This Is Not A Real Postcard, And No, It Didn't Come From Our Site
If you got here with a pickup code (something like "a16-didnt-skins-caliba", "35-dodge-treads-aunt", "d21-sea-sunset" or "a91-valets-cloud-31337"), then
you should know that the message you received was not a real postcard from
On December 10th, 2004, some jerk released onto the internet what has
come to be known as the "Aunt Edna Virus." Basically, that person faked one of our
notification emails by switching out the links for links to an infected website.
(No, our site is not infected.)
Update: Now there's a second person out there spamming people with a fake greeting
card notice, slandering our site. The title of this newest abomination is
"You've received a postcard from a family member!", and actually links to a malicious exe file.
We believe it was sent by someone that refers to himself as "Dani MAD". If you happen to know who he is -- we're
assuming it's a he, since most she's have better things to do -- please, let us know.
And if you happen to hit him with a fast-moving car, we won't be displeased.
Update 2 (June 13, 2007): Now there's a third person. This is ridiculous. Of course, this person
was dumb enough to use their own email addresses:
email@example.com and firstname.lastname@example.org
from the IP address:
at exactly 4:02pm PDT, so if you're in a position to track down the actual person responsible, please do. It's apparent
the person lives in Romania (judging from the IP address and the fact that the person found us through google.ro).
Once again, if you happen to know who this person is, and you happen to push him or her in front of a bus, we'll forgive you.
Anyway, you should delete the email immediately, and, if you clicked on any of the links
with Internet Explorer, use a virus scanner to check your computer for viruses.
Never open up any postcard sent from "Aunt Edna" -- period. (If you actually
have an Aunt Edna, just get her to call you. It's nice to hear her voice.)
Postcards sent from anyone other than Aunt Edna are safe.
And if you receive a postcard from someone you've never heard of -- or any email from someone you've never
heard of -- you should always be at least a little suspicious. There's a lot of crap out there, and until the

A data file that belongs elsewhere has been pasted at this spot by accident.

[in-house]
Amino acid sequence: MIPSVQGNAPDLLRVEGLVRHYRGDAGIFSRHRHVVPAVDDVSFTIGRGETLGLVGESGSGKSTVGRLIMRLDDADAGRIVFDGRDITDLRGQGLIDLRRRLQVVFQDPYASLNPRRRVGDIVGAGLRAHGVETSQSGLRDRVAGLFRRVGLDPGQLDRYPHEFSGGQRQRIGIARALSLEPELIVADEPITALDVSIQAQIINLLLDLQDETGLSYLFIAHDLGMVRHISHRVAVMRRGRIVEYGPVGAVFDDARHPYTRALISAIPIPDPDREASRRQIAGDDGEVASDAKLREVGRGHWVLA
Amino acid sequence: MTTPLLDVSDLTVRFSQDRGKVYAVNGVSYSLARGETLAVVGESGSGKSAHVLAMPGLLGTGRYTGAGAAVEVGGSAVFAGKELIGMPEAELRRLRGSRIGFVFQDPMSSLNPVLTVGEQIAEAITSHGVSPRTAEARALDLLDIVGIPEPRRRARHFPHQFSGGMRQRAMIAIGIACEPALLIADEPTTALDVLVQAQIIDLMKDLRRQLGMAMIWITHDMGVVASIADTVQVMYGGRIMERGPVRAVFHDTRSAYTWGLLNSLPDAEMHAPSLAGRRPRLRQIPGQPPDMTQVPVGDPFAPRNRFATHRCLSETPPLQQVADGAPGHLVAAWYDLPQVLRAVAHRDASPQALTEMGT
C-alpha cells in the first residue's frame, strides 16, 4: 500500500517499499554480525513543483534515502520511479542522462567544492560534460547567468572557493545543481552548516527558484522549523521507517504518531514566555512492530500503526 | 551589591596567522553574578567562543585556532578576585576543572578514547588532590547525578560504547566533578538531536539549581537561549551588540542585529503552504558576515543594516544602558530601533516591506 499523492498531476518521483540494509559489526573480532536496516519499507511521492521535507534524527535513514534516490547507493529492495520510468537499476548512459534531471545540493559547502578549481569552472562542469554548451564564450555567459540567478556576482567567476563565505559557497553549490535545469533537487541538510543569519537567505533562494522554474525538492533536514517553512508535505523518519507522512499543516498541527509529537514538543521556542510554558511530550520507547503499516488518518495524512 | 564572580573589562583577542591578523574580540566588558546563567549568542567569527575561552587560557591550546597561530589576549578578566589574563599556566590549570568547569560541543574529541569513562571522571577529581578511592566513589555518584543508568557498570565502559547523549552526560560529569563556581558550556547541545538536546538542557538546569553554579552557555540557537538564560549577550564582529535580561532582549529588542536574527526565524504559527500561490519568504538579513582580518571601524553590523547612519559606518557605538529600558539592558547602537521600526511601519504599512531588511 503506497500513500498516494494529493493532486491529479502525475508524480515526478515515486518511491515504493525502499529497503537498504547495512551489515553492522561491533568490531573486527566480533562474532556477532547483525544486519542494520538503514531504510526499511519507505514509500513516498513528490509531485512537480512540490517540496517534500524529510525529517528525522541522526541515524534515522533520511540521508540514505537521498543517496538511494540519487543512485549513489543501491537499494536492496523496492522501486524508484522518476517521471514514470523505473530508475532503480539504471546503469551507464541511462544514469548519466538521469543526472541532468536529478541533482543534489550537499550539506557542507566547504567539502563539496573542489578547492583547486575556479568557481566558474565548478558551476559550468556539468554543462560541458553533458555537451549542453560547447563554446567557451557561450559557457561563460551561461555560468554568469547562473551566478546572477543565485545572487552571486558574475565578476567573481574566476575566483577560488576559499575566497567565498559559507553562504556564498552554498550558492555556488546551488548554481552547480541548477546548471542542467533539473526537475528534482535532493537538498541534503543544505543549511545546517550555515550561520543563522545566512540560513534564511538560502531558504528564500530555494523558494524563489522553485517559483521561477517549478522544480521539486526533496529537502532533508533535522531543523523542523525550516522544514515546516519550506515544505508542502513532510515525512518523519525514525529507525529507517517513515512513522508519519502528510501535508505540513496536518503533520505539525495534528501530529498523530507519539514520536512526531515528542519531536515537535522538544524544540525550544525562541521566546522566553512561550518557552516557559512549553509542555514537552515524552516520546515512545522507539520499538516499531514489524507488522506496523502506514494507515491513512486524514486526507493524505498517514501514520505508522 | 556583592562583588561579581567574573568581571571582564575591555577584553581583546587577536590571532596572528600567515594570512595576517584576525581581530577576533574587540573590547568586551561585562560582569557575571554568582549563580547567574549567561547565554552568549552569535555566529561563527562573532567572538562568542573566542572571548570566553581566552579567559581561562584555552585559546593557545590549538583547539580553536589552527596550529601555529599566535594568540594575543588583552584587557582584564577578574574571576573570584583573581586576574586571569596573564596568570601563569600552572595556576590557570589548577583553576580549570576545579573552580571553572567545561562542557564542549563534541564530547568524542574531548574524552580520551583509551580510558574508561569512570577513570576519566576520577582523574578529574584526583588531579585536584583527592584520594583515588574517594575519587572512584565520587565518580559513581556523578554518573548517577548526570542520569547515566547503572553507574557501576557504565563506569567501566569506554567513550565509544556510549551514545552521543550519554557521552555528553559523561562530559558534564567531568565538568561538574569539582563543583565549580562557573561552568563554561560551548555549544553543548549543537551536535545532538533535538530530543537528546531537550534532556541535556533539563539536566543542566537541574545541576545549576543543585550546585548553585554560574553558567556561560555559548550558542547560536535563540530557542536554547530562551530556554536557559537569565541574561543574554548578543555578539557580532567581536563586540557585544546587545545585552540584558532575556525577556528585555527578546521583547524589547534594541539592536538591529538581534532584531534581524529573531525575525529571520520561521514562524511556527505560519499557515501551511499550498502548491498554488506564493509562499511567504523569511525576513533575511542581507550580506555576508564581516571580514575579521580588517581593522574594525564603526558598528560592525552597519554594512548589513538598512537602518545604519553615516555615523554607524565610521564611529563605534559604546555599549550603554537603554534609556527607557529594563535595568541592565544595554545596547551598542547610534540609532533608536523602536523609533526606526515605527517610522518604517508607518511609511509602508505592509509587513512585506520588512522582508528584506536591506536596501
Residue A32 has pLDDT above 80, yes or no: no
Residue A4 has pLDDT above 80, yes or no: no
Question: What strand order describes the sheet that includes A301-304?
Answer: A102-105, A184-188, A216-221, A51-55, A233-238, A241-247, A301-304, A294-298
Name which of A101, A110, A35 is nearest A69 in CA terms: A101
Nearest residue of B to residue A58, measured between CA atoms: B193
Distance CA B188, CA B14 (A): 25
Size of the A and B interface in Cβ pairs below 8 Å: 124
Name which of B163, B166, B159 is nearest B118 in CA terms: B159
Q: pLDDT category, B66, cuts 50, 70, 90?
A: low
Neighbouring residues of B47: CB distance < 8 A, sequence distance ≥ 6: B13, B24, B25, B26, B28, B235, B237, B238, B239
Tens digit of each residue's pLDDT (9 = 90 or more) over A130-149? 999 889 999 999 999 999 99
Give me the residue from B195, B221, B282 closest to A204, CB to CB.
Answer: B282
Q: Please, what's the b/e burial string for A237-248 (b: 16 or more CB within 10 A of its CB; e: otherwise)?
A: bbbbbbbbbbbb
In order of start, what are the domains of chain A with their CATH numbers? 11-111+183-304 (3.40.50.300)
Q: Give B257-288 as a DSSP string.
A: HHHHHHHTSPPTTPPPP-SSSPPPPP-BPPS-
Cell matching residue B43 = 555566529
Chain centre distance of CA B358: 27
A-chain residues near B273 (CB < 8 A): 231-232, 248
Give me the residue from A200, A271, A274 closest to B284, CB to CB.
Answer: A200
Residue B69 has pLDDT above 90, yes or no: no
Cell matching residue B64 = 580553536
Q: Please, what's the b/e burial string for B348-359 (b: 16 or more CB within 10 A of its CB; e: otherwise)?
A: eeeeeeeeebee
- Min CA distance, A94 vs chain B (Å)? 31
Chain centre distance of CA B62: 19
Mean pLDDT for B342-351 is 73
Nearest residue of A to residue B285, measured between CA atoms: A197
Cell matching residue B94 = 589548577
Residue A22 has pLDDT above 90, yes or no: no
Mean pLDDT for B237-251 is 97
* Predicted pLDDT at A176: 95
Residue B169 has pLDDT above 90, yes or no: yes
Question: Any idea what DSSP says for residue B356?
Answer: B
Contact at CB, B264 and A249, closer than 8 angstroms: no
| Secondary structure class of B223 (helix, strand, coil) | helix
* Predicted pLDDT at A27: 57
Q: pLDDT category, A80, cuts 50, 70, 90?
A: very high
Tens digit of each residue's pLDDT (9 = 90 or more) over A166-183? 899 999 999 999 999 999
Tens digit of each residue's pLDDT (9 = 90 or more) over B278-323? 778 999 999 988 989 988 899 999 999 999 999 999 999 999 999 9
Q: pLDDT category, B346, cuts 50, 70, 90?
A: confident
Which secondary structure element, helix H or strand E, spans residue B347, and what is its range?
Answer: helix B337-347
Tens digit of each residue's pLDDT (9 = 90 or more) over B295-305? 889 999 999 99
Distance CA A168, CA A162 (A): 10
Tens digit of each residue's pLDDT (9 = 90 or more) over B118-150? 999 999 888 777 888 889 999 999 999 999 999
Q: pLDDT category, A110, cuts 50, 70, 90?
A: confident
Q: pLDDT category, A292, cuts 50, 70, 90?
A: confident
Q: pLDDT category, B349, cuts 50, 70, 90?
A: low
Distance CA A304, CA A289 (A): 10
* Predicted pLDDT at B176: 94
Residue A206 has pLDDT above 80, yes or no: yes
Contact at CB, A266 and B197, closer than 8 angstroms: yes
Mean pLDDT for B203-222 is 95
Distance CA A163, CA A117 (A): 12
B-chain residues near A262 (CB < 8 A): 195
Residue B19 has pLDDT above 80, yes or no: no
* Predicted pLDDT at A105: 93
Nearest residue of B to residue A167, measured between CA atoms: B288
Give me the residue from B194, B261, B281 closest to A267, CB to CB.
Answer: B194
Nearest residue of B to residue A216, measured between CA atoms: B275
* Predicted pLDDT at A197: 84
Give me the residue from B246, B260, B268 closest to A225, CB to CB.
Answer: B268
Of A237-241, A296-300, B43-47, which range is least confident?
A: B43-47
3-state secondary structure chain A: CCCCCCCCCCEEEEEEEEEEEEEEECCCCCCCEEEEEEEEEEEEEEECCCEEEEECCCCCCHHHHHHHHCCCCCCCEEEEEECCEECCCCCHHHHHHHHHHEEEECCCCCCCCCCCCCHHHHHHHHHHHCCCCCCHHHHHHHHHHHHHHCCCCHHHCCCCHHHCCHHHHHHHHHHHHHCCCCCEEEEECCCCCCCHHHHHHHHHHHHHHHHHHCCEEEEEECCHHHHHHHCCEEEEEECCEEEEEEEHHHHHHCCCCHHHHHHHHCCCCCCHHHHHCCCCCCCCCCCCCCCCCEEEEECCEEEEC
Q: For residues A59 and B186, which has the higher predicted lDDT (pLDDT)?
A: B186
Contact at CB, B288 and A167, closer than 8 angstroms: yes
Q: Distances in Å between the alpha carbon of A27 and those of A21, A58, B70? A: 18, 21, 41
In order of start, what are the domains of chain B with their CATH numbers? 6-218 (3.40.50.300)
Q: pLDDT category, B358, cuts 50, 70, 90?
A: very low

world starts using the death penalty for spammers, we're all going to have to sift through it.
The Short Definition Of What Is Safe And What Isn't Safe
Postcards from someone you don't know, like Aunt Edna, "a family member" or "a friend": Not Safe!
Postcards from a person you actually recognize: Safe!
Answers to Questions about the Aunt Edna Virus and similar malware
Q: What should I do if I receive a postcard from Aunt Edna?
A: You should delete it immediately. Come to think of it, you should delete anything
you receive from "Aunt Edna." Who actually refers to themselves as "Aunt" or "Uncle"
in their email settings?
Q: What if I receive a postcard from someone other than Aunt Edna?
A: Of course common sense plays a part here. First of all, do you know who sent it?
If you don't, then skip it, or talk to them first and make sure they actually sent it.
And, as a general rule, when you click on any link in an email, always make
sure that the link you're going to matches the link text. And if you can't read the
link (if it's something like http://220.127.116.11/007/) then you almost always do not
want to click on it. Most importantly, if you're really not sure if it's safe or not, then
go to our homepage, and plug in the pickup code. That's guaranteed to be safe.
Q: Oh no! I clicked on one of the links in the Aunt Edna email! What should I do?
A: First thing: delete the email. Then use a newly-updated virus scanner to check your machine
for any infection. Next, download
the free version of Ad-Aware, and check
your computer for spyware and adware. And finally, if you really want to be safe, you should stop using
Internet Explorer (which is very, very unsafe to browse with nowadays) and download
Firefox, which is a safer, faster, more modern and
totally free browser from the fine folks at Mozilla.
Q: How does the virus part actually work?
A: Someone at Dynamoo put together a page
explaining the virus and how it works.
Q: Who made this virus, and why would someone do something so evil?
A: We don't know who it was, but we hope they get hit by a bus real soon. The only thing we
do know is that the postcard was originally sent by someone at the IP address 18.104.22.168,
at exactly 3:43:10am PST on 12/10/2004. Of course, the likelihood is that the computer the
person used was hacked into, and didn't actually belong to the virus' creator. However, if
you can figure out anything about the original creator of the virus, please let us know.
Q: Why do the Aunt Edna emails look like emails from 1001 Postcards?
A: Because whoever wrote the virus decided to steal our notification message and
bastardize it into the Aunt Edna menace. Frankly, we'd like to know why they chose
to attack our site with this nonsense. Why not go after one of the corporate websites like
MSN, Yahoo or American Greetings? Why go after our site, run by 2 people, paid for out
of our own pockets?
Q: Why don't you stop people from sending these virus emails?
A: We can't stop them -- they're not coming from our site. In fact, other than the fact
that the virus' creator copied the email text from our postcard notification message, the virus has
absolutely nothing to do with our site.
Q: Is there anything I can do to help?
A: Not directly. You can keep using our site, and keep telling friends how much we've been
screwed by all of this. You can slap anyone that admits to writing viruses. And, if you're
feeling ultra-generous, we accept donations
to help pay our server hosting fees.